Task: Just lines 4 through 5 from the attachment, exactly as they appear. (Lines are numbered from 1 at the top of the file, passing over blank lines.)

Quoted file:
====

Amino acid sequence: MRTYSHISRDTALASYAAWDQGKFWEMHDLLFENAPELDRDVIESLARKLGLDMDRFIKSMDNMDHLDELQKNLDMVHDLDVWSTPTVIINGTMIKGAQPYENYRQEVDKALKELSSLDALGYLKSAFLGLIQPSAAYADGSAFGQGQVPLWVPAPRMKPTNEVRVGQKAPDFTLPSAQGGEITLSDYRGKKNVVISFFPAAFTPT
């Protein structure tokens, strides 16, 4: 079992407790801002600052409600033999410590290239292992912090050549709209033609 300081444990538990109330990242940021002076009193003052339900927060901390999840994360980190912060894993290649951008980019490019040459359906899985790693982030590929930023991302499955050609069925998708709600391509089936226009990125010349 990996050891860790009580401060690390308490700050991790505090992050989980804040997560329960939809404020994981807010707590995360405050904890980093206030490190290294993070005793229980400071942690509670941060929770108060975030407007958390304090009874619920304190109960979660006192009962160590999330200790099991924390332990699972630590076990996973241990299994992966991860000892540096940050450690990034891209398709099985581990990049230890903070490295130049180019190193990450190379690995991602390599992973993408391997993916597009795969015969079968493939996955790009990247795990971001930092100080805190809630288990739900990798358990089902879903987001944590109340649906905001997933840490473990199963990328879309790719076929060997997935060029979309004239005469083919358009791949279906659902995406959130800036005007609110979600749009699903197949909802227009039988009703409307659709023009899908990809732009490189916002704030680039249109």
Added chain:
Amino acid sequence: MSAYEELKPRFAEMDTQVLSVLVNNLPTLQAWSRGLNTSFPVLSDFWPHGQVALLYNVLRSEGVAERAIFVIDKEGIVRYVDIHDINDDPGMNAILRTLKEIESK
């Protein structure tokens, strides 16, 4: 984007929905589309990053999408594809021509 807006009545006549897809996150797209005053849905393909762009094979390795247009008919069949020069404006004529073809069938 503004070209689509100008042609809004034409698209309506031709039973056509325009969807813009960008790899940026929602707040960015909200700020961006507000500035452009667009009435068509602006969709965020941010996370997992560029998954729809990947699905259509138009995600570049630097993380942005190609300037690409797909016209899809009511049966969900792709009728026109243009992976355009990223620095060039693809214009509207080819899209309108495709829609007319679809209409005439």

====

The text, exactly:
Amino acid sequence: MSAYEELKPRFAEMDTQVLSVLVNNLPTLQAWSRGLNTSFPVLSDFWPHGQVALLYNVLRSEGVAERAIFVIDKEGIVRYVDIHDINDDPGMNAILRTLKEIESK
């Protein structure tokens, strides 16, 4: 984007929905589309990053999408594809021509 807006009545006549897809996150797209005053849905393909762009094979390795247009008919069949020069404006004529073809069938 503004070209689509100008042609809004034409698209309506031709039973056509325009969807813009960008790899940026929602707040960015909200700020961006507000500035452009667009009435068509602006969709965020941010996370997992560029998954729809990947699905259509138009995600570049630097993380942005190609300037690409797909016209899809009511049966969900792709009728026109243009992976355009990223620095060039693809214009509207080819899209309108495709829609007319679809209409005439």